Duck scoop: robot hands sense rubber ducks without sight

Robots often use imagery of objects to move them – but when people turn things over in our hands, we use touch.

A team of US researchers has added cheap touch sensors to a robotic hand, and found it can smoothly rotate objects without any visual input.

They’ve added 16 touch-based sensors, each about US$12 (A$18), to a robotic hand, and shown it can rotate things like toys, cans, fruits and vegetables without damaging them.

The sensors use binary information – touching or not touching – to do their job.

“Here, we use a very simple solution,” says research lead Professor Xiaolong Wang, a researcher in electrical and computer engineering at the University of California, San Diego, US.

“We show that we don’t need details about an object’s texture to do this task. We just need simple binary signals of whether the sensors have touched the object or not, and these are much easier to simulate and transfer to the real world.”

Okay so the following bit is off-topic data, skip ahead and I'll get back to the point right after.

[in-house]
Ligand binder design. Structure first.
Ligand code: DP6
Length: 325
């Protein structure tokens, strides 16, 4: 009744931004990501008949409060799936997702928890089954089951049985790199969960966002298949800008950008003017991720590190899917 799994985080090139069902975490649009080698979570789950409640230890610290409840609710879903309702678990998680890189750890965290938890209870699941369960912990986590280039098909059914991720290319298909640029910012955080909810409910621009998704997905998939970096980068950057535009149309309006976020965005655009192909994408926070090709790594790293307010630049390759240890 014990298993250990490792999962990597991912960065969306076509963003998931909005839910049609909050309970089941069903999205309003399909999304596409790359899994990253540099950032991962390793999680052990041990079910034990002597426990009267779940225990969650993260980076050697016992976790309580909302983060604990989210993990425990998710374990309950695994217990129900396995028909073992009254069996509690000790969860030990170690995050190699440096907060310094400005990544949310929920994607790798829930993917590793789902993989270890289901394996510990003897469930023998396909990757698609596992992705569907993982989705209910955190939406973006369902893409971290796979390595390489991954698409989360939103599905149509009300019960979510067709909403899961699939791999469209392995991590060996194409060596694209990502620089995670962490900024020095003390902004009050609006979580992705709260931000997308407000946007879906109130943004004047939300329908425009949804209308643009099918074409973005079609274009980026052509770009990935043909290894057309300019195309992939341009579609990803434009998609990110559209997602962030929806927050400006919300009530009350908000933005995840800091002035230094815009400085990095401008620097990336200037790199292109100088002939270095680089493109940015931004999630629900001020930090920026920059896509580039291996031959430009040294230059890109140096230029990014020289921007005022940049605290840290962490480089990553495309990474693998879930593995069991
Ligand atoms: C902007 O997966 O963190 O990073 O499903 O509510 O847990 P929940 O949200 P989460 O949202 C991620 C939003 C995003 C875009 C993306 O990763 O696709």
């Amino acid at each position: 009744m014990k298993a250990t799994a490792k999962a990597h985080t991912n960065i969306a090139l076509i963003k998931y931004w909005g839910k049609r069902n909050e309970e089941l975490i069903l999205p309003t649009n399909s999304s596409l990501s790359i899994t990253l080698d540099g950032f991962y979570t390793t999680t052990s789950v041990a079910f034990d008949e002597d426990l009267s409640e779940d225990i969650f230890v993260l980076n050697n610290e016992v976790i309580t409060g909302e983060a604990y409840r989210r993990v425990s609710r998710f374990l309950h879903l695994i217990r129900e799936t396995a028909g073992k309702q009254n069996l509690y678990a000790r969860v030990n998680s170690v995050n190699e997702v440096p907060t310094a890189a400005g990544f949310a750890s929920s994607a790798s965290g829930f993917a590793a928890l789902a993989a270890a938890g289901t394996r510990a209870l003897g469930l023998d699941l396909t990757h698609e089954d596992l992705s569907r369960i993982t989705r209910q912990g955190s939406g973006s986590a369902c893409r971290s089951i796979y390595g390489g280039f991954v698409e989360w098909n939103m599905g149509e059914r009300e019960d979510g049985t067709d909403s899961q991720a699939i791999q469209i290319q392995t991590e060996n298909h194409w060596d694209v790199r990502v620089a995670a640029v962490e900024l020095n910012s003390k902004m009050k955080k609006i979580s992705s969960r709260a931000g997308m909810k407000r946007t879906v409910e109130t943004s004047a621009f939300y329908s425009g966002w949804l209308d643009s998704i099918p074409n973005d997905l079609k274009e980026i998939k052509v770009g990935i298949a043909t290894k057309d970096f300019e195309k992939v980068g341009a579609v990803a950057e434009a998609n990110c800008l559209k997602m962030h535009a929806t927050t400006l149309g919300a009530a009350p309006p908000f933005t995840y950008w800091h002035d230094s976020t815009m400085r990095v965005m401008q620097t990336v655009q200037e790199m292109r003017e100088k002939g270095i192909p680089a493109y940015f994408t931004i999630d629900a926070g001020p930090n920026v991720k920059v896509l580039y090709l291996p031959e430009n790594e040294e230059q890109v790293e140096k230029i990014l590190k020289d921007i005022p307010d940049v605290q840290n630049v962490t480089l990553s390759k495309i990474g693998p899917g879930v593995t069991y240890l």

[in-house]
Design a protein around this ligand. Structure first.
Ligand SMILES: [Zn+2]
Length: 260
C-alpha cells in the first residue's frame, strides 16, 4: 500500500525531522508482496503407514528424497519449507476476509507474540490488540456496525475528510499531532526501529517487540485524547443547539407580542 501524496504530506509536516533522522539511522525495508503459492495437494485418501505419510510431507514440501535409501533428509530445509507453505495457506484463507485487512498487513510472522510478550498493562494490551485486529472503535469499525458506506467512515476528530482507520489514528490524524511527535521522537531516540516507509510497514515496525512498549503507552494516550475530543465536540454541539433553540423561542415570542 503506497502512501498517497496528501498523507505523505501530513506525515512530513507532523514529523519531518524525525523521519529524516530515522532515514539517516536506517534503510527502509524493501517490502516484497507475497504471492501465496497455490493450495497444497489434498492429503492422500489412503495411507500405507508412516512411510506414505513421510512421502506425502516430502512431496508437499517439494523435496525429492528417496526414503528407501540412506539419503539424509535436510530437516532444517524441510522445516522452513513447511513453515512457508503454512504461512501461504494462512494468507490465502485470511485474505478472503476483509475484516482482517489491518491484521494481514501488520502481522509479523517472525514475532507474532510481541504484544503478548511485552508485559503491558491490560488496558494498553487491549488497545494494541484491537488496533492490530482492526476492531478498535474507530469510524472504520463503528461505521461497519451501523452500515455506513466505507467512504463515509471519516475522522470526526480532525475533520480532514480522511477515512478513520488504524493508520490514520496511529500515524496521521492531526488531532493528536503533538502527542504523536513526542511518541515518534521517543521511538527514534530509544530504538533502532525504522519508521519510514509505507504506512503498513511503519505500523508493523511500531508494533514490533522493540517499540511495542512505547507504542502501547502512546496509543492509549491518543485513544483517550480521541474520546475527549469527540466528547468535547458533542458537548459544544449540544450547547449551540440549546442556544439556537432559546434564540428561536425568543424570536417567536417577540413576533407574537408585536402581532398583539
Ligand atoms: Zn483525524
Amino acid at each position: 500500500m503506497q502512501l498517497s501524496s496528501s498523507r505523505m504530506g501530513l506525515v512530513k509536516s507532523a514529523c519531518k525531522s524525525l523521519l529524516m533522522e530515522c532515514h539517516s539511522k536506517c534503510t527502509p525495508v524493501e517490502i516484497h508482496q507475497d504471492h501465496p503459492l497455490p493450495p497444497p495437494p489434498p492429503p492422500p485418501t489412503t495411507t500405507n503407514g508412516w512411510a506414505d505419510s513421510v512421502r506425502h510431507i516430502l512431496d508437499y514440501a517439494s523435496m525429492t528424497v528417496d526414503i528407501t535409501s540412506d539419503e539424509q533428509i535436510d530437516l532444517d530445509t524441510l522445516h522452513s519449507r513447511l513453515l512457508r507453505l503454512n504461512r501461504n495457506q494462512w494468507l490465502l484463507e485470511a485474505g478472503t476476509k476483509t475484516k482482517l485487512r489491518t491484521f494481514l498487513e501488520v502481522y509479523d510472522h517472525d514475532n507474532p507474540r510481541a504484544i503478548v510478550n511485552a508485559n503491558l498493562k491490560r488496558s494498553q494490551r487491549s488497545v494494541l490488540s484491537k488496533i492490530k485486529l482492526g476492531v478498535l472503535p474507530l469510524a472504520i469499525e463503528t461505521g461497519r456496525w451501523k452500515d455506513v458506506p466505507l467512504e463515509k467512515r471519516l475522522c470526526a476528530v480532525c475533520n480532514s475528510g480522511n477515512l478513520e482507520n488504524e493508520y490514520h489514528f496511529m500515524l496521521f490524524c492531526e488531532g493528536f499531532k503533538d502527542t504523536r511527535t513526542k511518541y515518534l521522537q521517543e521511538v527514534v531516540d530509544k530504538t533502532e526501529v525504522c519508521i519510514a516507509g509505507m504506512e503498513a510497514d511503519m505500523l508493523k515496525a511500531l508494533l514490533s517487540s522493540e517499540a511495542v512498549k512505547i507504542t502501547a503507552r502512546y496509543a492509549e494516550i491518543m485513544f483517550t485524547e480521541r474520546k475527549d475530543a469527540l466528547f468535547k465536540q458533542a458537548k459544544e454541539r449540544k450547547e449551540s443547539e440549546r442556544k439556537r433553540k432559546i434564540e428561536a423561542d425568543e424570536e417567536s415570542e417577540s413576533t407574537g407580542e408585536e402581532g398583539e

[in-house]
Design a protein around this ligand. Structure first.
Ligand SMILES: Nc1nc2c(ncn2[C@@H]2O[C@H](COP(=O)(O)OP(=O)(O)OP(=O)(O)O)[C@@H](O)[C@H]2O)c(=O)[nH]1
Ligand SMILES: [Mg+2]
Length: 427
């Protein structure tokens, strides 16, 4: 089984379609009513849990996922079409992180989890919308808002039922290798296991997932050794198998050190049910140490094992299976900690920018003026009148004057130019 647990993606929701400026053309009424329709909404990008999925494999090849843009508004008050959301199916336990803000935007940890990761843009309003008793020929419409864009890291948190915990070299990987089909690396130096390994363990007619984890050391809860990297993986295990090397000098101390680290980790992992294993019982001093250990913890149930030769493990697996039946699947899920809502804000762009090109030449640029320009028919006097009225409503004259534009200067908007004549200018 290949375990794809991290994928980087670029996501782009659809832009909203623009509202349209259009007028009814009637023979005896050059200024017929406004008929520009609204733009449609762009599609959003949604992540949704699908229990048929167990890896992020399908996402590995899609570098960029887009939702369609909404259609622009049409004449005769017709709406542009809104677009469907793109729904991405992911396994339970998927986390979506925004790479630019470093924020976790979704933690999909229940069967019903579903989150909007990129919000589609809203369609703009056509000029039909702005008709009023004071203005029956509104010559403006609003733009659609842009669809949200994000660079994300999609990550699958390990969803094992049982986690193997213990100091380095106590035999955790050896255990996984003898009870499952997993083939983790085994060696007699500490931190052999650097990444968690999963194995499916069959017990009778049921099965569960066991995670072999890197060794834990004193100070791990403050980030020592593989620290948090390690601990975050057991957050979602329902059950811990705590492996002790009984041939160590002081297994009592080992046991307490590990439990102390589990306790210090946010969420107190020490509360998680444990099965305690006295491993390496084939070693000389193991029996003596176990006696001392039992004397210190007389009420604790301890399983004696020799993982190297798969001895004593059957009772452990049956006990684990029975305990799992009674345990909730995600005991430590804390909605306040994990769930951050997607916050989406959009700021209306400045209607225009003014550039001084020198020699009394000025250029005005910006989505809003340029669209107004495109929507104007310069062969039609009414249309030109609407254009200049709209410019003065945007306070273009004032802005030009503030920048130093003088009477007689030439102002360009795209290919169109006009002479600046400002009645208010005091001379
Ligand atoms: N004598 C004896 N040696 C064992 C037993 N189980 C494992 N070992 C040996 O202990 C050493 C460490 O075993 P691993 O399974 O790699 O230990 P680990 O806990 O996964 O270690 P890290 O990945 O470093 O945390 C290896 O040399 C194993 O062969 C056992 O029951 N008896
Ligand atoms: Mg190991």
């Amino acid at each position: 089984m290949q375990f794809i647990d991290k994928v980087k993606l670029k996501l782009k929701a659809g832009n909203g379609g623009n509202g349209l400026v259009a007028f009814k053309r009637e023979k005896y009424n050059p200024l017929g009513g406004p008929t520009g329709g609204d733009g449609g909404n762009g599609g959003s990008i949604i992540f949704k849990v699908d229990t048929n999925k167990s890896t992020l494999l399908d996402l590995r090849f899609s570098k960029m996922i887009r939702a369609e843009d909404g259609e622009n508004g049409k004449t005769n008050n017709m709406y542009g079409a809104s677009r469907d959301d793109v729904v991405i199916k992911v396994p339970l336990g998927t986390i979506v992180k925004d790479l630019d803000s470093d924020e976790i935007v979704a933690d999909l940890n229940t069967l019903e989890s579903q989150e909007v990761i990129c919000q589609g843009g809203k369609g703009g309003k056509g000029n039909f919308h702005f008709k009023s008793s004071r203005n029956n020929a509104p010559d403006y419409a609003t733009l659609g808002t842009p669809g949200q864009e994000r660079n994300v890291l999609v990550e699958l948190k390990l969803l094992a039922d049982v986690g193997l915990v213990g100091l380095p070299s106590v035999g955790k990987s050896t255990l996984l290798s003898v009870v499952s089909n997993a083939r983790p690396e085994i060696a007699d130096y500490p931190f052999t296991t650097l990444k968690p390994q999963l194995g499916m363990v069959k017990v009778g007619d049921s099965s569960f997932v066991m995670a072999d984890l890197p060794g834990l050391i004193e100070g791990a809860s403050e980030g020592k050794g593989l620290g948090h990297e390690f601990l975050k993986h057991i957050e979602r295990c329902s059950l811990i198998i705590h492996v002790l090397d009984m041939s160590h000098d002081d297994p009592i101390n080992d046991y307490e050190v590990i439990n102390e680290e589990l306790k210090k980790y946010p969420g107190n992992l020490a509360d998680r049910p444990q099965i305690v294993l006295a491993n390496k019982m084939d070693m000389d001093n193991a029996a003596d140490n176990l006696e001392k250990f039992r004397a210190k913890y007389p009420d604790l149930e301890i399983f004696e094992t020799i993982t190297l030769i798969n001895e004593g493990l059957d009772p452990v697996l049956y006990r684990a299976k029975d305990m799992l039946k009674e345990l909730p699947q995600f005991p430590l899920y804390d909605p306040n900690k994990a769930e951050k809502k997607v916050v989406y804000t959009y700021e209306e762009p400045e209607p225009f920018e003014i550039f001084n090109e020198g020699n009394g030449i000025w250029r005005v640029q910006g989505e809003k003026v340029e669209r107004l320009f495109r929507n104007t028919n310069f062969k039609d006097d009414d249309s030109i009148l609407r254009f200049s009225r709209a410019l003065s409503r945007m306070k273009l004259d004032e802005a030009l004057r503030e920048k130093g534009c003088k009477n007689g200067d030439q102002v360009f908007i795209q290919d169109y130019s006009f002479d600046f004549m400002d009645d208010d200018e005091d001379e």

The researchers first ran simulations of a virtual hand rotating objects with this sensor set up, training the system.

They then applied the system to a real robotic hand, and gave it objects it hadn’t been trained on, like a tomato and a can. The hand had the most trouble with a rubber duck, taking longer to rotate it and other challenging objects.

Next, Wang and colleagues are hoping to make robotic hands throw, catch and juggle.

“In-hand manipulation is a very common skill that we humans have, but it is very complex for robots to master,” says Wang. “If we can give robots this skill, that will open the door to the kinds of tasks they can perform.”

They’ve presented their research at the 2023 Robotics: Science and Systems Conference, held recently in Korea.

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